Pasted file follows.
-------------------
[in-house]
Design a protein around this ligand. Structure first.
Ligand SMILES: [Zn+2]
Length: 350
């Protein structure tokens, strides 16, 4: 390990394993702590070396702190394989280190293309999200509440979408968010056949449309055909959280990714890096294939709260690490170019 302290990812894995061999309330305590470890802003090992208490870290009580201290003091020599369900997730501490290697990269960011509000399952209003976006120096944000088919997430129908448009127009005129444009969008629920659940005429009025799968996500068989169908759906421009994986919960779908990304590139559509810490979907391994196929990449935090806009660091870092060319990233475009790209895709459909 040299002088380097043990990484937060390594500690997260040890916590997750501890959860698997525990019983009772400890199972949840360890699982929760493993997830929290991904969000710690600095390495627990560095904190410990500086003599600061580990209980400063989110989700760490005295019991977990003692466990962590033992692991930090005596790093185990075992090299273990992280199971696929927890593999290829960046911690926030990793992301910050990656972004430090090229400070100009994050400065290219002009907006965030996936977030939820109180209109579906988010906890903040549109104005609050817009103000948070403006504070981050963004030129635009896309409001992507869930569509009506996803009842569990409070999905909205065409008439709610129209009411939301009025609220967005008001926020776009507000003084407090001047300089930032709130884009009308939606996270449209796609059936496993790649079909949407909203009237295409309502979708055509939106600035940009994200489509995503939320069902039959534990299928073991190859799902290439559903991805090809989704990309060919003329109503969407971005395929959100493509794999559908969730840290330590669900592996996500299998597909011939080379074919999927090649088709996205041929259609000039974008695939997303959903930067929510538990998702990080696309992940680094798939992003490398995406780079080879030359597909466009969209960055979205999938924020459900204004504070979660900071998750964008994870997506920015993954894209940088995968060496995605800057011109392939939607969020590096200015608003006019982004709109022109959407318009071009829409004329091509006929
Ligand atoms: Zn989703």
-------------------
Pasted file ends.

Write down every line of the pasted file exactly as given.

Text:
[in-house]
Design a protein around this ligand. Structure first.
Ligand SMILES: [Zn+2]
Length: 350
């Protein structure tokens, strides 16, 4: 390990394993702590070396702190394989280190293309999200509440979408968010056949449309055909959280990714890096294939709260690490170019 302290990812894995061999309330305590470890802003090992208490870290009580201290003091020599369900997730501490290697990269960011509000399952209003976006120096944000088919997430129908448009127009005129444009969008629920659940005429009025799968996500068989169908759906421009994986919960779908990304590139559509810490979907391994196929990449935090806009660091870092060319990233475009790209895709459909 040299002088380097043990990484937060390594500690997260040890916590997750501890959860698997525990019983009772400890199972949840360890699982929760493993997830929290991904969000710690600095390495627990560095904190410990500086003599600061580990209980400063989110989700760490005295019991977990003692466990962590033992692991930090005596790093185990075992090299273990992280199971696929927890593999290829960046911690926030990793992301910050990656972004430090090229400070100009994050400065290219002009907006965030996936977030939820109180209109579906988010906890903040549109104005609050817009103000948070403006504070981050963004030129635009896309409001992507869930569509009506996803009842569990409070999905909205065409008439709610129209009411939301009025609220967005008001926020776009507000003084407090001047300089930032709130884009009308939606996270449209796609059936496993790649079909949407909203009237295409309502979708055509939106600035940009994200489509995503939320069902039959534990299928073991190859799902290439559903991805090809989704990309060919003329109503969407971005395929959100493509794999559908969730840290330590669900592996996500299998597909011939080379074919999927090649088709996205041929259609000039974008695939997303959903930067929510538990998702990080696309992940680094798939992003490398995406780079080879030359597909466009969209960055979205999938924020459900204004504070979660900071998750964008994870997506920015993954894209940088995968060496995605800057011109392939939607969020590096200015608003006019982004709109022109959407318009071009829409004329091509006929
Ligand atoms: Zn989703």